The Alliance Française de Manille (AFM), with the support of the Embassy of France, present Collective Dreams, an art exhibition featuring the visions and aspirations of the kids from Boystown, Davao, through the FreeArt Association.
The exhibition, a product of a year-long exercise in dreams and colors, allows people to see the visions and aspirations of 50 Boystown kids through their collaborative works.
This endeavor started in 2015 when Mindanao artist Rey Mudjahid “Kublai” Ponce Millan linked up with Boystown to engage the boys into artistic expression. He brought with him his artist friends, Rogelio Cayas Jr., head of the College of Architecture and Fine Arts Education (CAFAE) of the University of Mindanao; UM-CAFAE faculty member Victor Dumaguing; special program for the arts senior high school teacher Jeff Bangot, and Sun Star Davao editor-in-chief Stella Estremera, who joined the boys in several Saturday to learn about dreams, colors, figures and drawing. The kids were made to write down their dreams for themselves—to imagine their perfect world, their happy thoughts. Some were more graphic than others, surreal even.
As such, Collective Dreams reflects the concept of FreeArt Association.
“It is based on a very simple idea. Everyone should make a step a head in this world to do something good. If many people will do small step, it will eventually become a big step. This is what I believe, by developing the creativity of children to build their imaginary world, we show them that everything can be possible in their imagination, and from their imagination to real life,” Micha Laury, founder of FreeArt told The Sunday Times Magazine during the exhibition’s opening on November 17 at the Alliance Total Gallery in Bel-Air 2, Makati.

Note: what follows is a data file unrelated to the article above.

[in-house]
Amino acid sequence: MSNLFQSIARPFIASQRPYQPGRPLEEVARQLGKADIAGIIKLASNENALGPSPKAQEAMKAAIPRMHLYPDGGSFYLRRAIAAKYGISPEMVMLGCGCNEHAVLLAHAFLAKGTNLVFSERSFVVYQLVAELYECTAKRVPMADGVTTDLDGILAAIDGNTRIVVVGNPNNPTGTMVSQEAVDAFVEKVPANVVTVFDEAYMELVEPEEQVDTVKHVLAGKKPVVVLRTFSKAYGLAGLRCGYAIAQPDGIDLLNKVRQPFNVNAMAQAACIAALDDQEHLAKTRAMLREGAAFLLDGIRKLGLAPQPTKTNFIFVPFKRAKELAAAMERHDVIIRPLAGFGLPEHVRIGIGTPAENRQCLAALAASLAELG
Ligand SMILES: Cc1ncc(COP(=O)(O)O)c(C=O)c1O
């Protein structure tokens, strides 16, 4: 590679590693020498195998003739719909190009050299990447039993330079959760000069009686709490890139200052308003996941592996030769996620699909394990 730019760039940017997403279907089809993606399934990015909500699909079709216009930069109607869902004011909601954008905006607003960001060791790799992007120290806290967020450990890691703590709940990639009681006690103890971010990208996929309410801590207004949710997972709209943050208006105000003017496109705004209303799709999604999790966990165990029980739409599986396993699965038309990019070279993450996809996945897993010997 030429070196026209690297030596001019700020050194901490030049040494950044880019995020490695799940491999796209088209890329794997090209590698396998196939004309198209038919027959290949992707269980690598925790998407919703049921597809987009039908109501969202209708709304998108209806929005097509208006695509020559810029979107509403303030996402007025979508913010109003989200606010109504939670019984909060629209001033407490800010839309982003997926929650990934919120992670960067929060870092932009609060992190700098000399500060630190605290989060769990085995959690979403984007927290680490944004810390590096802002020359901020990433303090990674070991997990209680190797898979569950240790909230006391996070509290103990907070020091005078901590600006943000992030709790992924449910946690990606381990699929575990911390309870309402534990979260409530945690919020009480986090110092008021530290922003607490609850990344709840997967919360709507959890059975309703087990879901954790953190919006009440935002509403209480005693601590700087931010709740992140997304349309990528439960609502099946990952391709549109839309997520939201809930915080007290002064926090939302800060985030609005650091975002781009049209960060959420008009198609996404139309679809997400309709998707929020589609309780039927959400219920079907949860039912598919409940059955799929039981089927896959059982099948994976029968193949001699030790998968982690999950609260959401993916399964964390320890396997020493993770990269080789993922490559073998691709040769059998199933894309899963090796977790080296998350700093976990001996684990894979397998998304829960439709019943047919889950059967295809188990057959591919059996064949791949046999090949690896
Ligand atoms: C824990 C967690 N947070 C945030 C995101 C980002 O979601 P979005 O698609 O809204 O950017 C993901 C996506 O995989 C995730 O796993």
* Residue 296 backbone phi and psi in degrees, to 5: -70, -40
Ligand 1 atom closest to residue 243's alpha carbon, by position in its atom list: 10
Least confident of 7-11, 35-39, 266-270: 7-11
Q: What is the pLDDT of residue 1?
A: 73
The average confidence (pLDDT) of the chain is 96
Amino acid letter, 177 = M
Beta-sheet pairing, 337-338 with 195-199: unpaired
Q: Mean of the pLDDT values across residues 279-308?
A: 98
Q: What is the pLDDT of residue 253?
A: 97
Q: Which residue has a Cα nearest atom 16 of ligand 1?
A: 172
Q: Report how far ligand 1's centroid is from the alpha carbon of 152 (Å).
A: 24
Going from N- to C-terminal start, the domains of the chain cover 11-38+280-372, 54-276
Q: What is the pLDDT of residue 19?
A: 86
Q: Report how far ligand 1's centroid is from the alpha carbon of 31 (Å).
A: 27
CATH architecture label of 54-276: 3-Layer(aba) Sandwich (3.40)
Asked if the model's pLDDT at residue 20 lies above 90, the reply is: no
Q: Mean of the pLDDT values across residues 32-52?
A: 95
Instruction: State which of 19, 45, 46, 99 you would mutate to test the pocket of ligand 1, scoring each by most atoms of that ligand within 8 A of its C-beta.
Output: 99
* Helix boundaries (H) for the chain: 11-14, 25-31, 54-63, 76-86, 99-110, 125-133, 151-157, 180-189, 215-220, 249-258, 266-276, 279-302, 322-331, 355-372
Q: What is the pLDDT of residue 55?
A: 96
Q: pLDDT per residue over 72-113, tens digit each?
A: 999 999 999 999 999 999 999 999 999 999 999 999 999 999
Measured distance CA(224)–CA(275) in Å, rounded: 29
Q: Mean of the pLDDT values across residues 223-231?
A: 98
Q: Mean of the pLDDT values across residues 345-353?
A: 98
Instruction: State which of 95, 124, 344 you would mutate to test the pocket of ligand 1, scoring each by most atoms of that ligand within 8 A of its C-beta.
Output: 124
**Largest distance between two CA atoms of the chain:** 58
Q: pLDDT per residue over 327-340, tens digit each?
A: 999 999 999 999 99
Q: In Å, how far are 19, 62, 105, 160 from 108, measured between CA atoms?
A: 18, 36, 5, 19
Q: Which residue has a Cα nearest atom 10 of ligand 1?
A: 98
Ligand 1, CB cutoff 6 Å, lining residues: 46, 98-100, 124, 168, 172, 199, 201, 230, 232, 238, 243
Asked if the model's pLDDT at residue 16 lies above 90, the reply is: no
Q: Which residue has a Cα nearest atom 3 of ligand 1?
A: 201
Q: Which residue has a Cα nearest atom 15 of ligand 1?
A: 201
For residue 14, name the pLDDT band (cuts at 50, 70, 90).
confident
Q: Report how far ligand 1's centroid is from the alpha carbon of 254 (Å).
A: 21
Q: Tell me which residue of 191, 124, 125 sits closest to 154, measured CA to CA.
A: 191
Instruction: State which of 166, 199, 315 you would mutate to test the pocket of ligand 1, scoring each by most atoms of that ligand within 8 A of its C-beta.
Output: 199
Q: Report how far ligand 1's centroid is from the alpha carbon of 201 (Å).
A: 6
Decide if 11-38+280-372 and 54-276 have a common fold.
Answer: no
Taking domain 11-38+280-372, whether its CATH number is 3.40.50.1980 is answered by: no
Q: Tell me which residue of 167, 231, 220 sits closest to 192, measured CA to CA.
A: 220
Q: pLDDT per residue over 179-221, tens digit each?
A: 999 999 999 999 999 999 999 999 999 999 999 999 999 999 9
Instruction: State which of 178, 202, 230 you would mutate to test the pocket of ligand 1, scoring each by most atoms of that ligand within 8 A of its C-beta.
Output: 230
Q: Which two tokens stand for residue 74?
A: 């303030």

“I founded FreeArt here in the Philippines because I wanted to do something in this country. I am an artist, I make many exhibition and museums so I thought that this country is a good place to do something with kids that need help. The idea is that through dreams, we can change people,” he added.
The exhibit—which will run until January 20, 2017—is not geared toward raising funds, nevertheless, Kublai said the money that will be raised from the auction will be used for an arts center in Boystown, Davao.
“The problem is the availability of space, equipment and materials for the kids inside. The board agreed and allowed us to put a place there where the kids can do art anytime since we have empowered them already—they knew that they have the power to create. Many were helping, so now they have the chance to say thank you. They can use their paintings as a gift for their benefactors,” Kubali told The Sunday Times Magazine.
“The most important thing we have contributed is that, us as art teachers, they knew that they have the ability to draw. There is a sudden realization that ‘Hey I didn’t know I have the power to do this from nothing to somewhere’. Now, they are very proud that they have this kind of exhibit. Those 50 kids are now inspired to make their art better,” he ended.